When she was 9-years-old, Maude Graham dreamed of replacing the lined-up teddy bears in her bedroom with her own classroom of students.
Even after facing some of life’s biggest hurdles—the loss of both her parents and her difficulties with reading—Graham knew she wanted to inspire children to overcome anything that may come their way.
“Everyone has problems in certain areas, and I wanted to be the teacher who teaches kids in a way that I hadn’t been taught,” Graham said. “I want them to know that there’s someone in their corner who’s there to help as much as they can.”
In the years that followed, Graham served in the Army National Guard for nine years, began her studies at South Florida State College and pursued her bachelor’s degree in elementary education with the University of South Florida (USF).
Today, she’s an experienced third-grade reading teacher at Rosabelle W. Blake Academy and was honored as the 2021 Polk County Teacher of the Year—a recognition that’s reserved for only one out of 6,800 educators in the county’s school district.
“It still hasn’t hit me yet that I have this title,” Graham said. “There are so many deserving educators in Polk County. I am very humbled, astonished and very grateful.”
Throughout her teaching career, Graham has continued to go above and beyond for her students and in helping new educators. In 2019, as Graham navigated her duties in the classroom, she also began mentoring new teachers, organizing parent/teacher events and leading student-centered initiatives such as “Leader in Me,” which provides third, fourth and fifth graders at Blake Academy with character-building lessons.
Aiming to advance her skills and extend her impact with students, Graham decided to pursue her master’s degree in Educational Leadership through USF’s-Polk Academy program, a collaborative partnership between the College of Education and Polk County Public Schools that helps educators earn a master’s degree in Educational Leadership or Reading Education from USF.
“I applied to USF, went in for the interview and all of the sudden, I got an email that said I was chosen as one of their 50 candidates,” Graham said. “USF is where I started as an undergraduate student and where I really hoped to complete my graduate studies.”
From the time she began her graduate studies at USF, Graham was introduced to a program that encompasses several aspects of school leadership while also placing a focus on equity, inclusion and cultural responsiveness. Graham says through her studies, she’s been able to apply her knowledge by helping students in her classroom and sharing it with her colleagues.
“I’ve taken our student improvement plan and I’ve asked myself, ‘what are our goals for the year?’” Graham stated. “One of our goals was to have ‘PACK time,’ which is where we work with students who may be struggling with a specific skill or skills, so I worked on helping teachers create activities based on their data in order to bridge that gap.”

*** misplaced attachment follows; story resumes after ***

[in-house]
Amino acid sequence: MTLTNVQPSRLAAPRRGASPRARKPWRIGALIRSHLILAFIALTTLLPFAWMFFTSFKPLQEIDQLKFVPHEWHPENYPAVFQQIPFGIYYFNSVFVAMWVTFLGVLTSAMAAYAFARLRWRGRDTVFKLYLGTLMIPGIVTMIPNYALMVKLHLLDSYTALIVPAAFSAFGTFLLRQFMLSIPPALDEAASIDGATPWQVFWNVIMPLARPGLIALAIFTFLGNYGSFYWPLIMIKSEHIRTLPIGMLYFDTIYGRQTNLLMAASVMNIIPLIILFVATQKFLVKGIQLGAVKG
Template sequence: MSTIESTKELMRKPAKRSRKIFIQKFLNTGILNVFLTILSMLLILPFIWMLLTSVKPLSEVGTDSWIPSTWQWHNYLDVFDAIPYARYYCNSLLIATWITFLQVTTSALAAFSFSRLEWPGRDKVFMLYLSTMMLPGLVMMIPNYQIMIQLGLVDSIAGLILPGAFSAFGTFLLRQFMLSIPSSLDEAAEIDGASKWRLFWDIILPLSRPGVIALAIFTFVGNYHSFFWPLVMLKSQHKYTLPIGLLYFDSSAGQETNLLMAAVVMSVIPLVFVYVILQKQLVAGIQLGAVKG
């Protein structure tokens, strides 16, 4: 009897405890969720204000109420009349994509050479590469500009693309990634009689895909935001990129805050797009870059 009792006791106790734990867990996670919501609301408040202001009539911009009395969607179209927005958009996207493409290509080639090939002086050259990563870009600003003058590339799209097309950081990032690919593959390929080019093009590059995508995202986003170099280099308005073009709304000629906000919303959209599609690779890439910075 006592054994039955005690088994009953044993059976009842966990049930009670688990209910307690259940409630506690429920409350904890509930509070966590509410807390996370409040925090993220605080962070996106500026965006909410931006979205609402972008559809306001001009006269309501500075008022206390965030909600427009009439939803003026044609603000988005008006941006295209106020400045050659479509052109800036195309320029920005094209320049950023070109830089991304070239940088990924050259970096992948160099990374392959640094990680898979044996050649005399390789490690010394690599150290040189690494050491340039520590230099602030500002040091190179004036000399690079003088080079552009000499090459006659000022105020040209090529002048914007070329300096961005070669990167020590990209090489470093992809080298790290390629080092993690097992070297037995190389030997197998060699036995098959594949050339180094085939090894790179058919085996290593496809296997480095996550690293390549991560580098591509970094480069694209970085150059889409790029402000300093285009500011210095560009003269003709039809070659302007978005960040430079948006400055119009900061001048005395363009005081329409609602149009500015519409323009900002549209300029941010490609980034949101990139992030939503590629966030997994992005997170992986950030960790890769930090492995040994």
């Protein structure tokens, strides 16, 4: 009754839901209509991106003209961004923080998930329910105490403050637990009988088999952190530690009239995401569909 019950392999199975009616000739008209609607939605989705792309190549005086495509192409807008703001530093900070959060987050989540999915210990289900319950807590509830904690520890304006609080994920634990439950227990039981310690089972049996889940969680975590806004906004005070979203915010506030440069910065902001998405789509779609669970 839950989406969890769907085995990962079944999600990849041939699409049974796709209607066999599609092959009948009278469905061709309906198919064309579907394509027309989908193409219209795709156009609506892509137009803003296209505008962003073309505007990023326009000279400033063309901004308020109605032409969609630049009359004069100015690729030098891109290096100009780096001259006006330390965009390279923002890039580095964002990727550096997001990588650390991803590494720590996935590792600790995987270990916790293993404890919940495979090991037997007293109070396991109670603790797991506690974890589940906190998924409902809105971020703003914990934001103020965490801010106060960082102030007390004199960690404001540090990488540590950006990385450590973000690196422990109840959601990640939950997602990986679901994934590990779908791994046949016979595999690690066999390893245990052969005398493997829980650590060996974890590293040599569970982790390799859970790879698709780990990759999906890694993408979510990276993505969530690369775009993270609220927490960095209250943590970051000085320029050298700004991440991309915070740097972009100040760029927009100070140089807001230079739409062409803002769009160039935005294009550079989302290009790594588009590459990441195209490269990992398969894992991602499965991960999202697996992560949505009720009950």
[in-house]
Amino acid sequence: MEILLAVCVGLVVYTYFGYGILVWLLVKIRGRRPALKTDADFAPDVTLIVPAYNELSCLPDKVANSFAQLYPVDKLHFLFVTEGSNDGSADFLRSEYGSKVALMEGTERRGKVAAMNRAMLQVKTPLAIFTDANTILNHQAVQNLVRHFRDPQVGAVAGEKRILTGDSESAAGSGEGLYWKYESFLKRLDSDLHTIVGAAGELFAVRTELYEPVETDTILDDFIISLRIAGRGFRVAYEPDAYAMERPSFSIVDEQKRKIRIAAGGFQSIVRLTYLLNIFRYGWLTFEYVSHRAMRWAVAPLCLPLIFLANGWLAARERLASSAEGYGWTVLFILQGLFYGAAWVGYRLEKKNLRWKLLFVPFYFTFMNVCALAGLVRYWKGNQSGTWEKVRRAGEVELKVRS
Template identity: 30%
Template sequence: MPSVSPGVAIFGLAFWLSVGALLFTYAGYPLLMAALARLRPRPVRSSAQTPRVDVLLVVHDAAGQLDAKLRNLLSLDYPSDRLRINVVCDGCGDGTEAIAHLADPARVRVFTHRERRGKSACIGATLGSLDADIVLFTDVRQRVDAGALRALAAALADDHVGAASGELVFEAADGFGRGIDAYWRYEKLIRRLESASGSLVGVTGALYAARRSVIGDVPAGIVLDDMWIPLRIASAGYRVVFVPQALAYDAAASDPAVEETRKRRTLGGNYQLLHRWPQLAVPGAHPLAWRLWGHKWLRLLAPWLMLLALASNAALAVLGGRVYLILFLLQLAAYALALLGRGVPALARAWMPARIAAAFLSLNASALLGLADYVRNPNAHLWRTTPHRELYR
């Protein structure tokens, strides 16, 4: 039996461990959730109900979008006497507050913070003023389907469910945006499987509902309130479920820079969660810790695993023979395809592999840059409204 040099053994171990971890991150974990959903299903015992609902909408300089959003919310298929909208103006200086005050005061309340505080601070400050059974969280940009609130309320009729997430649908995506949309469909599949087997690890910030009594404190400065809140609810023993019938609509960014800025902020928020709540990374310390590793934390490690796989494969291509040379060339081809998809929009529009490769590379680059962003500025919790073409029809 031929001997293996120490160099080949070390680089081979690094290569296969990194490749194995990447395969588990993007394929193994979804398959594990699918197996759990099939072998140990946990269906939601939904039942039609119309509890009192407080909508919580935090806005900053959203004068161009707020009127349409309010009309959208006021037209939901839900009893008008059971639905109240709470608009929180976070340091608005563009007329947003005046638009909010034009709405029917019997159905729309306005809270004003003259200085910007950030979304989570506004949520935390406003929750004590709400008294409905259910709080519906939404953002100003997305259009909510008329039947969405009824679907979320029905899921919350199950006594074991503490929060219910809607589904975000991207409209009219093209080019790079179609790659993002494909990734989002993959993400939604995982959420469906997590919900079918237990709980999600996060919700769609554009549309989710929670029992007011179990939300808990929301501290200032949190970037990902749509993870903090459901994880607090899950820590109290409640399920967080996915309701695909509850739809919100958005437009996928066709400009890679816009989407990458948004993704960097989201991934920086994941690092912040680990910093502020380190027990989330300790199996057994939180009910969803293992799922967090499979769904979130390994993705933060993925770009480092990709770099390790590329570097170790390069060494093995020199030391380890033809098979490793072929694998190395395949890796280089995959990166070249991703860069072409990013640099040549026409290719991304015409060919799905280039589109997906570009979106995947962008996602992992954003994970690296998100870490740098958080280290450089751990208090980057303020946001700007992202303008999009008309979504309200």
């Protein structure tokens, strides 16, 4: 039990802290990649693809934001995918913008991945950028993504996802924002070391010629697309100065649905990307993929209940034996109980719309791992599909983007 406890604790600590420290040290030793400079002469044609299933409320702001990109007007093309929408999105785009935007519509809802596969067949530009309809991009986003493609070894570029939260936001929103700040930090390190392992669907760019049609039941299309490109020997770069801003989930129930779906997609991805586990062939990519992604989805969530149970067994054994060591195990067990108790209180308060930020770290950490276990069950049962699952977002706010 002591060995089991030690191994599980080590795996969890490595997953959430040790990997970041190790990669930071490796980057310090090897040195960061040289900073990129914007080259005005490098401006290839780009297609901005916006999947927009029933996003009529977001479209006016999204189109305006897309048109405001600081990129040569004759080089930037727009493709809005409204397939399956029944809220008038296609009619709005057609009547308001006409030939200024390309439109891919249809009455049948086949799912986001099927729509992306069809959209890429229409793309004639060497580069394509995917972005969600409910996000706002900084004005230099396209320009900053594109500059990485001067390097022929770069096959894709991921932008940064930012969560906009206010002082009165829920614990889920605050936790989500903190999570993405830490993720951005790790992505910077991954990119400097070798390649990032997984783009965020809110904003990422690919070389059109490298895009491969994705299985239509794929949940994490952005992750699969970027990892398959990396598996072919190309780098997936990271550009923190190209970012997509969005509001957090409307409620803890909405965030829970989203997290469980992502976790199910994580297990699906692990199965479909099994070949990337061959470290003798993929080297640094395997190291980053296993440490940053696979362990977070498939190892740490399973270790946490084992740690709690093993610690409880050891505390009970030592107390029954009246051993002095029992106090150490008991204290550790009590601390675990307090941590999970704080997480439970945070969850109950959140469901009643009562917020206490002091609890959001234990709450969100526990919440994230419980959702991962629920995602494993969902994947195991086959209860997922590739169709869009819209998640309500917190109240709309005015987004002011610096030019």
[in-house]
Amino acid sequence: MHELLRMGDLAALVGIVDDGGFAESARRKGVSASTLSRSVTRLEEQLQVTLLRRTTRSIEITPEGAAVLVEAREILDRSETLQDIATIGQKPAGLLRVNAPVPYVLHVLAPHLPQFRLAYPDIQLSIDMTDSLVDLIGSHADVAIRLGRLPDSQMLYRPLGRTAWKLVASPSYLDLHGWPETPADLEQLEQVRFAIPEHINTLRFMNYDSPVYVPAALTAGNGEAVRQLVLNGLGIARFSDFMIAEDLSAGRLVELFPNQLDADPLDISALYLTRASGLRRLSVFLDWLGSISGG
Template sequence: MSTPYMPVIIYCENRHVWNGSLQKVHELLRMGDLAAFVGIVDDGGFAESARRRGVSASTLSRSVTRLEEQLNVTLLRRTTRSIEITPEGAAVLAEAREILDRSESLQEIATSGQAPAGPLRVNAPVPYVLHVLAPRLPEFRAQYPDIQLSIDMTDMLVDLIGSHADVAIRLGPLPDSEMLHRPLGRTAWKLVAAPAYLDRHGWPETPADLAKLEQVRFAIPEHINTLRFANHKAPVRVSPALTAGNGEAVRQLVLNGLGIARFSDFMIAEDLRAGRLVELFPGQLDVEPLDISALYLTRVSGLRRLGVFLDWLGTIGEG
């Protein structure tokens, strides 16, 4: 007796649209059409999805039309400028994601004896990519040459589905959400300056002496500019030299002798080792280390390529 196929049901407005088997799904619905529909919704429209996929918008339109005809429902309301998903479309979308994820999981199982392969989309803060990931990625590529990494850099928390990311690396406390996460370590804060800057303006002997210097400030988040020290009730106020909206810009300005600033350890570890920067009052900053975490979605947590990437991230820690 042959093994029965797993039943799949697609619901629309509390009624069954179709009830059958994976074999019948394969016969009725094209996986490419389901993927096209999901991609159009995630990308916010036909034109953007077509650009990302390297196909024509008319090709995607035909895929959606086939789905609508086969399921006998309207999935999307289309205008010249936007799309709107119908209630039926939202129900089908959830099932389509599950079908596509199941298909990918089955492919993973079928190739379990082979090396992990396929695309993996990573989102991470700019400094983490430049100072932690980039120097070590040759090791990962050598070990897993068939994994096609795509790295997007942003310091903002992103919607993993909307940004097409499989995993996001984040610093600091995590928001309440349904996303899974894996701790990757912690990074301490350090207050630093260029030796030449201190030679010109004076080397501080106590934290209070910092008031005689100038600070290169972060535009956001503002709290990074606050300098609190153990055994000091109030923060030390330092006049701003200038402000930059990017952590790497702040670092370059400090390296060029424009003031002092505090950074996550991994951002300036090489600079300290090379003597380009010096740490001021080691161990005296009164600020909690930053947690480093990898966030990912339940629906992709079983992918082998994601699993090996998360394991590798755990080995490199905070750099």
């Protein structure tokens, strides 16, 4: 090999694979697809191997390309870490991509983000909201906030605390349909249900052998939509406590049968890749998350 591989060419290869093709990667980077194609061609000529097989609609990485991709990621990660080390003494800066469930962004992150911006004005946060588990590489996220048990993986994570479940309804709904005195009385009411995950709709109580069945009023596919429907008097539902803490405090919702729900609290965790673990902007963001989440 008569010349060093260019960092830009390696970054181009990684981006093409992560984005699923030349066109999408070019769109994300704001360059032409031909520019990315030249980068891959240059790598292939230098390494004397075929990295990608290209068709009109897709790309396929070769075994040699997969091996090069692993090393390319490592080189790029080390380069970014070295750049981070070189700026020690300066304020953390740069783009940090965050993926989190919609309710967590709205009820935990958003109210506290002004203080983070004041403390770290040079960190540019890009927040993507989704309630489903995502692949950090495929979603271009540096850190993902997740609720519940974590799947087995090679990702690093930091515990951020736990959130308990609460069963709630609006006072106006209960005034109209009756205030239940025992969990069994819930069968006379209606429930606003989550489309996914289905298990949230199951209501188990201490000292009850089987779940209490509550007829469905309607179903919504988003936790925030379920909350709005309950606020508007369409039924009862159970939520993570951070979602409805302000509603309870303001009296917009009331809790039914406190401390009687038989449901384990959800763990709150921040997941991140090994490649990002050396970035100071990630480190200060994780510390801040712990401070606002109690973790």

While she admits it’s often difficult to juggle her studies and the responsibilities she has a school leader, Graham shared how her professors have helped guide her. In her program, she identified three “trailblazers” and explained how each of them have supported her journey.
“Dr. Black has been a ray of sunshine,” Graham said. “Dr. Shapiro has this ‘you tell me how you want this class to run’ mindset, and that’s made me reflect on my teaching practices.
“I also have to mention Dr. Ramlackhan. The research she has us doing and the questions she asked us were so thought-provoking to where you couldn’t help but see a change in your thinking.”
Since earning the Teacher of the Year title in January, Graham has been honored by her school community and by several members in the Polk County School District. This achievement is one she’s proud of, Graham said, but it also demonstrates just how significant the role of an educator is.
“Sometimes I feel like I’ve dropped the ball,” Graham said. “But, when I do have the ball and I’m running, I feel like I’m making a difference because my kids see me fighting for them. They see me trying to make sure they get the best educational experience of their lifetime.”
After completing her master’s program, Graham aims to apply for school dean positions and pass her Florida Educational Leadership Examination (FELE) Test, a certification exam that enables professional educators to advance into school administrator roles.
Her advice for those who wish to follow a similar path is to stay on track.
“Never give up—and ask for help,” Graham said. “When I started this master’s degree, I realized I’m not the super woman everyone thinks I am. There were times that I asked for help because it was either something falling by the wayside or me. So, make sure you take care of yourself so you can be your best self to help others in need.”
USF’s Master of Education (M.Ed.) in Educational Leadership prepares compassionate, ethically centered, public intellectuals to become transformative leaders committed to justice in America’s schools. The M.Ed. program provides course work and internships leading to Florida Level 1 Educational Leadership Certification.